Scottish scientists have created an algorithm that can detect a side effect of Parkinson’s treatment that causes involuntary jerking movements.

Prolonged prolonged exposure to the dopamine replacement drugs can lead to dyskinesia, causing involuntary jerking and spasms of the whole body.

Heriot-Watt University academics have conducted clinical studies which prove their algorithm reliably detects the condition. They are now using their study to develop a new home monitoring device for patients to help their clinician adapt and improve treatment.

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Dr Michael Lones, associate professor of computer science at the Edinburgh university, said: “The problem is that, as Parkinson’s disease worsens over time, the dose required to treat the motor features increases, which increases the risk of inducing dyskinesia, or making it more severe and prolonged for patients who already have it.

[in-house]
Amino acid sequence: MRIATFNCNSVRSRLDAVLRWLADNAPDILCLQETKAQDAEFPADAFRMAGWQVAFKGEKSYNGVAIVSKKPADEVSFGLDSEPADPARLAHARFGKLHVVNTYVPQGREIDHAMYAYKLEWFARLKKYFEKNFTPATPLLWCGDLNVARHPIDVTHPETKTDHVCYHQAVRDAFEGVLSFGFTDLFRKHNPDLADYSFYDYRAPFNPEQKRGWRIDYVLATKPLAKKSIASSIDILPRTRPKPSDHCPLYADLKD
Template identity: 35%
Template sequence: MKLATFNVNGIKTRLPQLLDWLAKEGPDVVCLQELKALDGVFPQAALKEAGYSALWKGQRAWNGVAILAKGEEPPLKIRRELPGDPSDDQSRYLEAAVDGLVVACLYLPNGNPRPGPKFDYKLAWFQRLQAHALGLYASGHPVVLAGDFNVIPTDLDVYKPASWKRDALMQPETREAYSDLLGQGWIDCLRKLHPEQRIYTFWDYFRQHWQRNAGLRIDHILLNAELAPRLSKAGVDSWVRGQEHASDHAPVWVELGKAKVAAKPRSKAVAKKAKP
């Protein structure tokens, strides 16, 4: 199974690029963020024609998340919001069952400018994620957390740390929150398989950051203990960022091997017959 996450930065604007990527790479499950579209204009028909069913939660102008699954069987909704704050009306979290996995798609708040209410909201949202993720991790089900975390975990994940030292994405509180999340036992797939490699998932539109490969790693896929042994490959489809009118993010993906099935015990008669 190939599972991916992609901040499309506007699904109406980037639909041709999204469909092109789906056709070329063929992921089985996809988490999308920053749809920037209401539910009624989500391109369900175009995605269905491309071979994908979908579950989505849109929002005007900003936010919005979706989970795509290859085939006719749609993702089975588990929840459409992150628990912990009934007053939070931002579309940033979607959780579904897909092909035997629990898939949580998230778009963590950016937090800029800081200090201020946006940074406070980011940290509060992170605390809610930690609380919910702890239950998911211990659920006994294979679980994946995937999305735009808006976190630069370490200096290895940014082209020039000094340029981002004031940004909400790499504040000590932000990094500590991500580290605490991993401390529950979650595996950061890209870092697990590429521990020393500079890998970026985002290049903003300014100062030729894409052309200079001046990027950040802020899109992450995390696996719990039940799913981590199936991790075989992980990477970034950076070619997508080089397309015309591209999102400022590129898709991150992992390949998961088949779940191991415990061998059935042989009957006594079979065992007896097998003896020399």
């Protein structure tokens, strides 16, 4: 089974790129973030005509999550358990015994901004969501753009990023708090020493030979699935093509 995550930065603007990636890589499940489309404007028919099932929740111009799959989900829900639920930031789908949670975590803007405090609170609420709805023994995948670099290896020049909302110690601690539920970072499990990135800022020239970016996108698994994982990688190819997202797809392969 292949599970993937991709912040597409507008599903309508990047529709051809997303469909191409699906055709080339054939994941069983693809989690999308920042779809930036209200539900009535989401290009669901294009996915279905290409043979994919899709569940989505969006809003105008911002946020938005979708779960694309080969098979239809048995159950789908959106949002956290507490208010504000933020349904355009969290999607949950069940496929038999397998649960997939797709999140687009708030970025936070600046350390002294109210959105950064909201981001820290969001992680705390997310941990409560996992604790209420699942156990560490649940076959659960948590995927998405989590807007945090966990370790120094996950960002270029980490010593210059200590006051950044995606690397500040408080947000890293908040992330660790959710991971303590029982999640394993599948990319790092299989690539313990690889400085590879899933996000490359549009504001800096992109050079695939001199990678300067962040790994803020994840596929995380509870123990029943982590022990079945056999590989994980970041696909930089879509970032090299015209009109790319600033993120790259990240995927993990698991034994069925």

“Patients don’t see their clinicians that frequently, and medication only changes at regular review periods. So it’s very difficult for clinicians to know when dyskinesia is occurring.

“A better solution would be a portable device that identifies and monitors dysk- inesia while patients are at home and going about day-to- day life, broadcasting data to their clinicians through simple mobile technology.”

The motor features of Parkinson’s Disease, such as tremor, postural instability and a general slowing of movement, are caused by a lack of dopamine. Patients get replacement drugs such as levodopa, but prolonged exposure to the substances can lead to dyskinesia.